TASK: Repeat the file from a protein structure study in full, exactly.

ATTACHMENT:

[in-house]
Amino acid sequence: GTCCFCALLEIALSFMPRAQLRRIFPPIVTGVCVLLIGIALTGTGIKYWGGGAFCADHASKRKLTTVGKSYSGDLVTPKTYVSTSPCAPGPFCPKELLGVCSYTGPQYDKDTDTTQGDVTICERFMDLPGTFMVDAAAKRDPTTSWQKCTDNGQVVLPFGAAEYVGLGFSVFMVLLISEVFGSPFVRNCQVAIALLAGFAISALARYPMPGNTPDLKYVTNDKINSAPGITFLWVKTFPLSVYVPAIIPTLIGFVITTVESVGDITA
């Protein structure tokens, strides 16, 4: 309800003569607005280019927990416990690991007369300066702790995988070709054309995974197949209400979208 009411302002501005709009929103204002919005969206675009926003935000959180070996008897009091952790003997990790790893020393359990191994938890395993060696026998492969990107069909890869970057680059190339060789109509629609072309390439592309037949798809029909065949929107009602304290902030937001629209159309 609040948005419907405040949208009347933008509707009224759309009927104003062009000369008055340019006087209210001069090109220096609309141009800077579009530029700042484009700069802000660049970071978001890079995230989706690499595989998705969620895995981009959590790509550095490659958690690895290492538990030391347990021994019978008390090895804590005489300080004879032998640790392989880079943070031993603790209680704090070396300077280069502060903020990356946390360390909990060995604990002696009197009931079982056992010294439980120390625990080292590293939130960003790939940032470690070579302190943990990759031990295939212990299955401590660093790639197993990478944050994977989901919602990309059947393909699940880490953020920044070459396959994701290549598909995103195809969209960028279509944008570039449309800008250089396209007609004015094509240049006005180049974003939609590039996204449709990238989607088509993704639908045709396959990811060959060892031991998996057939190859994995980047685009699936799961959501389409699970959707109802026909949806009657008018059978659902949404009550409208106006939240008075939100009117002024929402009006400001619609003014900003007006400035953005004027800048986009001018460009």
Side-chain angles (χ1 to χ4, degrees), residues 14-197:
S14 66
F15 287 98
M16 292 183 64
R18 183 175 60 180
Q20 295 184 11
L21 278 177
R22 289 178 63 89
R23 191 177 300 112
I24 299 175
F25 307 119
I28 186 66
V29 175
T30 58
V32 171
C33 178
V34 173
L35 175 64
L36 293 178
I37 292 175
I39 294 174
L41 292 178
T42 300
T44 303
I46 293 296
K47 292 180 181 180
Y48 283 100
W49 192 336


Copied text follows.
[in-house]
Amino acid sequence: GTCCFCALLEIALSFMPRAQLRRIFPPIVTGVCVLLIGIALTGTGIKYWGGGAFCADHASKRKLTTVGKSYSGDLVTPKTYVSTSPCAPGPFCPKELLGVCSYTGPQYDKDTDTTQGDVTICERFMDLPGTFMVDAAAKRDPTTSWQKCTDNGQVVLPFGAAEYVGLGFSVFMVLLISEVFGSPFVRNCQVAIALLAGFAISALARYPMPGNTPDLKYVTNDKINSAPGITFLWVKTFPLSVYVPAIIPTLIGFVITTVESVGDITA
């Protein structure tokens, strides 16, 4: 309800003569607005280019927990416990690991007369300066702790995988070709054309995974197949209400979208 009411302002501005709009929103204002919005969206675009926003935000959180070996008897009091952790003997990790790893020393359990191994938890395993060696026998492969990107069909890869970057680059190339060789109509629609072309390439592309037949798809029909065949929107009602304290902030937001629209159309 609040948005419907405040949208009347933008509707009224759309009927104003062009000369008055340019006087209210001069090109220096609309141009800077579009530029700042484009700069802000660049970071978001890079995230989706690499595989998705969620895995981009959590790509550095490659958690690895290492538990030391347990021994019978008390090895804590005489300080004879032998640790392989880079943070031993603790209680704090070396300077280069502060903020990356946390360390909990060995604990002696009197009931079982056992010294439980120390625990080292590293939130960003790939940032470690070579302190943990990759031990295939212990299955401590660093790639197993990478944050994977989901919602990309059947393909699940880490953020920044070459396959994701290549598909995103195809969209960028279509944008570039449309800008250089396209007609004015094509240049006005180049974003939609590039996204449709990238989607088509993704639908045709396959990811060959060892031991998996057939190859994995980047685009699936799961959501389409699970959707109802026909949806009657008018059978659902949404009550409208106006939240008075939100009117002024929402009006400001619609003014900003007006400035953005004027800048986009001018460009």
Side-chain angles (χ1 to χ4, degrees), residues 14-197:
S14 66
F15 287 98
M16 292 183 64
R18 183 175 60 180
Q20 295 184 11
L21 278 177
R22 289 178 63 89
R23 191 177 300 112
I24 299 175
F25 307 119
I28 186 66
V29 175
T30 58
V32 171
C33 178
V34 173
L35 175 64
L36 293 178
I37 292 175
I39 294 174
L41 292 178
T42 300
T44 303
I46 293 296
K47 292 180 181 180
Y48 283 100
W49 192 336